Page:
Read more:


N.D. Volkow, T.R. Frieden, P.S. Hyde, and S.S. Cha. 2014. "Medication-Assisted Therapies—Tackling the Opioid-Overdose Epidemic." New England Journal of Medicine, doi:10.1056/NEJMp1402780.

In a commentary, directors of three Department of Health and Human Services (HHS) agencies (the National Institute on Drug Abuse, Centers for Disease Control and Prevention, and Substance Abuse and Mental Health Services Administration) and the Medical Director of the Center for Medicare & Medicaid Services called upon healthcare providers to expand their use of medications to treat opioid addiction and reduce overdose deaths. They described a number of misperceptions that have limited access to these potentially lifesaving medications, including inadequate provider education and misunderstanding of addiction medications by the public, healthcare providers, insurers, and patients. One common misperception is that medication-assisted therapies (MATs) replace one addiction for another. As Dr. Volkow and her colleagues note, HHS agencies are now actively collaborating with public and private stakeholders to expand access to and improve use of MATs.

Read more:


Benzodiazepine Addiction Meds the Same, but Different?
April 22, 2014

Inpatient benzodiazepine detox typically switches patients to a long-acting benzodiazepine or phenobarbital at a comparable dose to current use, then gradually tapers down the dosage. No randomized controlled trials compare these approaches. In a retrospective chart review reported at the American Society of Addiction Medicine's Medical–Scientific Conference, detox with long-acting benzodiazepines was associated with one day fewer in the hospital than phenobarbital, but with an increased risk for hallucinations.

Read more:

FDA Advisers Vote Against Approving New Opioid Painkiller
April 22, 2014

A Food and Drug Administration advisory committee voted unanimously against approval of Moxduo, a powerful pain reliever combining morphine and oxycodone. The drug's manufacturer, QRxPharma, claimed Moxduo has a lower risk of side effects and respiratory problems than other opioids. The committee voted unanimously that QRxPharma had not proved Moxduo is less likely to cause potentially life-threatening respiratory suppression than taking morphine or oxycodone.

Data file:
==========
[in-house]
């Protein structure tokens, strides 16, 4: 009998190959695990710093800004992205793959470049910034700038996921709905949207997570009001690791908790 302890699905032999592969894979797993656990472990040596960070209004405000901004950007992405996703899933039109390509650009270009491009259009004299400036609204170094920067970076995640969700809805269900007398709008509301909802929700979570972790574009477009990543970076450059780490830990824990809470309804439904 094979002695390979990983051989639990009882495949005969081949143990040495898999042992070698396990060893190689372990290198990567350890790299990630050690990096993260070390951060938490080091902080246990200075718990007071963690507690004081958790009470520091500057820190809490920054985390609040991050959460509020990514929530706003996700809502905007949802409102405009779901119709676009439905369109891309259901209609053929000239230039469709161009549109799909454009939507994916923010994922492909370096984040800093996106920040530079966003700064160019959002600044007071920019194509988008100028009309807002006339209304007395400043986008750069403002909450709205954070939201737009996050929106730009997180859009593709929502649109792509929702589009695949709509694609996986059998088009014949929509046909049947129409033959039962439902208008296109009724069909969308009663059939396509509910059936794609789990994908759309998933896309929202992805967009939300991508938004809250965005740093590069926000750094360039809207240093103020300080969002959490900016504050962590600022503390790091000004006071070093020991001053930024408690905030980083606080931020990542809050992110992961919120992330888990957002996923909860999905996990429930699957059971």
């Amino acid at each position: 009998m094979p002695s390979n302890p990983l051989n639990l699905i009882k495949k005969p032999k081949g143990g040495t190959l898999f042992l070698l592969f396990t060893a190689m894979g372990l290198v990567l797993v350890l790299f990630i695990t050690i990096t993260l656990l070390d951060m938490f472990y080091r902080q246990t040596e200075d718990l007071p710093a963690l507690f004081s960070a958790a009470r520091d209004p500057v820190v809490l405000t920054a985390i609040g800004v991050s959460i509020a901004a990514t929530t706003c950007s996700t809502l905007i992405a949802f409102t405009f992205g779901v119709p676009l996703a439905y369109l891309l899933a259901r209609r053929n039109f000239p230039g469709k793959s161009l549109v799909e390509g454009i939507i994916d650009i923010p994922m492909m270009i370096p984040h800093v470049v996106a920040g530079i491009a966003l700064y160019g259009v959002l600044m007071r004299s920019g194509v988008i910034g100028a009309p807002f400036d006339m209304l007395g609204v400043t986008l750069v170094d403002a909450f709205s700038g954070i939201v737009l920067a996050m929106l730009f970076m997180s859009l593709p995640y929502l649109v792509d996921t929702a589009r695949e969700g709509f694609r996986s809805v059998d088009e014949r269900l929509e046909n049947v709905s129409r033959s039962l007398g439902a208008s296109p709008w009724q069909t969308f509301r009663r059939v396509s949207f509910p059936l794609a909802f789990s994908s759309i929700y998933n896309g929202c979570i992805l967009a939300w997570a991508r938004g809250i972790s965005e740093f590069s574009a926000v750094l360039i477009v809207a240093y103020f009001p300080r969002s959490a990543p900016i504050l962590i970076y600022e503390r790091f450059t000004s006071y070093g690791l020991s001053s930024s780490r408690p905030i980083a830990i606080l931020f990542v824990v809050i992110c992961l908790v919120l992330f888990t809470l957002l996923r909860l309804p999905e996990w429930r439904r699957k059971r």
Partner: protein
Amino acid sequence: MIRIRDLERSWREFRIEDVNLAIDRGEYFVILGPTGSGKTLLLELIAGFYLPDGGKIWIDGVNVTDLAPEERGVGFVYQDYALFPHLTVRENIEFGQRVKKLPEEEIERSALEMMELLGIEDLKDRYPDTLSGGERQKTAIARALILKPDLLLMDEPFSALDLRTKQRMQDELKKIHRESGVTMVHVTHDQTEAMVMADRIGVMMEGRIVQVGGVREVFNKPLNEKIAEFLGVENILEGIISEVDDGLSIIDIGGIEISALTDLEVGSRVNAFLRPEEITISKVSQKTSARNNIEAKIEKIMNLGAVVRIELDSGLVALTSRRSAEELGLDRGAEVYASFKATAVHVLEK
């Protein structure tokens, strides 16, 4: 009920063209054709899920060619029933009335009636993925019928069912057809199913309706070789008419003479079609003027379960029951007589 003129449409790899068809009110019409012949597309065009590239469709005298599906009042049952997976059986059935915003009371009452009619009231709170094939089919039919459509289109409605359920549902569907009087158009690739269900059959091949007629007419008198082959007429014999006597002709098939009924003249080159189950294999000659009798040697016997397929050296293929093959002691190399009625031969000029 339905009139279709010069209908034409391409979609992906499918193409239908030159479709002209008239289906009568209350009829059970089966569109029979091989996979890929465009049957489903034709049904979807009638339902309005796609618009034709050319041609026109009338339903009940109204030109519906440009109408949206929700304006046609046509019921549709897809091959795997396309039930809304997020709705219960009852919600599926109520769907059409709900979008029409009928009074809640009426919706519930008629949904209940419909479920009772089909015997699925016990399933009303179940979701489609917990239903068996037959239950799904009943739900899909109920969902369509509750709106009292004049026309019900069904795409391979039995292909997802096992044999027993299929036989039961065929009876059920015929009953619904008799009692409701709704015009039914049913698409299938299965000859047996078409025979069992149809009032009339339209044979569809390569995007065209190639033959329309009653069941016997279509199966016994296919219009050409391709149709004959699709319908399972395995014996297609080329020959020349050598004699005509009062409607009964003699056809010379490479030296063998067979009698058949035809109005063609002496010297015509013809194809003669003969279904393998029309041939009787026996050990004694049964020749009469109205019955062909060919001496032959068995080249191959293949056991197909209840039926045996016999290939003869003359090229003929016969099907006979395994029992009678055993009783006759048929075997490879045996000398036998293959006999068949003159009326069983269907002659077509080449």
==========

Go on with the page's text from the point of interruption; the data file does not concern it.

Read more:

Canadian Drug Seller Fills Maine Prescriptions in India, Alleges Maine Pharmacy Association President
National Association of Boards of Pharmacy
April 16, 2014

A Canadian company is allegedly filling prescriptions in India and other countries for Maine patients, according to a complaint from the president of the Maine Pharmacy Association (MPA). MPA's president ordered three medications from the Canada Drug Center after learning about the company in a newspaper advertisement. When his order arrived, the labels indicated the drugs had been manufactured and the prescriptions filled in India, Turkey, and Mauritius—a violation of state law requiring the Canada Drug Center to sell Maine consumers only drugs made or processed in Canada. The Canada Drug Center was already on the National Association of Boards of Pharmacy list of "Not Recommended Sites," which are out of compliance with pharmacy laws and practice standards.

Read more:

Eric Holder Calls On First Responders to Carry Naloxone, Anti-Overdose Drug
Huffington Post
April 16, 2014

Attorney General Eric Holder asked police and fire departments to equip employees with naloxone. He called on first responders, including state and local law enforcement agencies, to train and equip personnel on the front lines to use the overdose-reversal drug. Seventeen states have passed legislation expanding naloxone access. But some have met strong opposition from people who suspect the drug could give addicts a false sense of security and be dangerous in the hands of nonmedical professionals.

Read more:

New Painkiller Rekindles Addiction Concerns
New York Times Blog
April 21, 2014

According to the Centers for Disease Control and Prevention, nearly half of the country's 38,329 drug overdose deaths in 2010 involved pain relievers like hydrocodone and oxycodone—narcotics that send 420,000 Americans to emergency rooms each year. That's why many state health officials and advocacy groups were appalled when the Food and Drug Administration approved Zohydro ER, a long-acting formulation of hydrocodone, against the recommendation of its expert advisory committee. The short-acting form, sold as Vicodin and Lortab, is already the most prescribed drug in the country—and the most abused. "People are fearful this will be another original OxyContin," said Sharon Walsh, director of the Center on Drug and Alcohol Research at the University of Kentucky.

Read more:

Regulating in an Era of Increasingly Sophisticated Medicines—Striking the Balance Between Patient Benefits and Risks
U.S. Food and Drug Administration
April 22, 2014

At the 2014 Rx Prescription Drug Abuse Summit, Food and Drug Administration (FDA) Commissioner Margaret Hamburg spoke about efforts to confront the opioid abuse tragedy. In addition to improving labeling, FDA is ramping up patient education and post-marketing vigilance. The agency is working with Brandeis University to combine and analyze data provided by several state prescription drug monitoring programs (PDMPs) to better identify problematic prescribing and use patterns. "Building on the vision originally put forward by Congressman Rogers to create robust PDMPs, I think we all must ensure that they fulfill their promise to improve patient care and reduce abuse, overdose, and diversion," said Dr. Hamburg.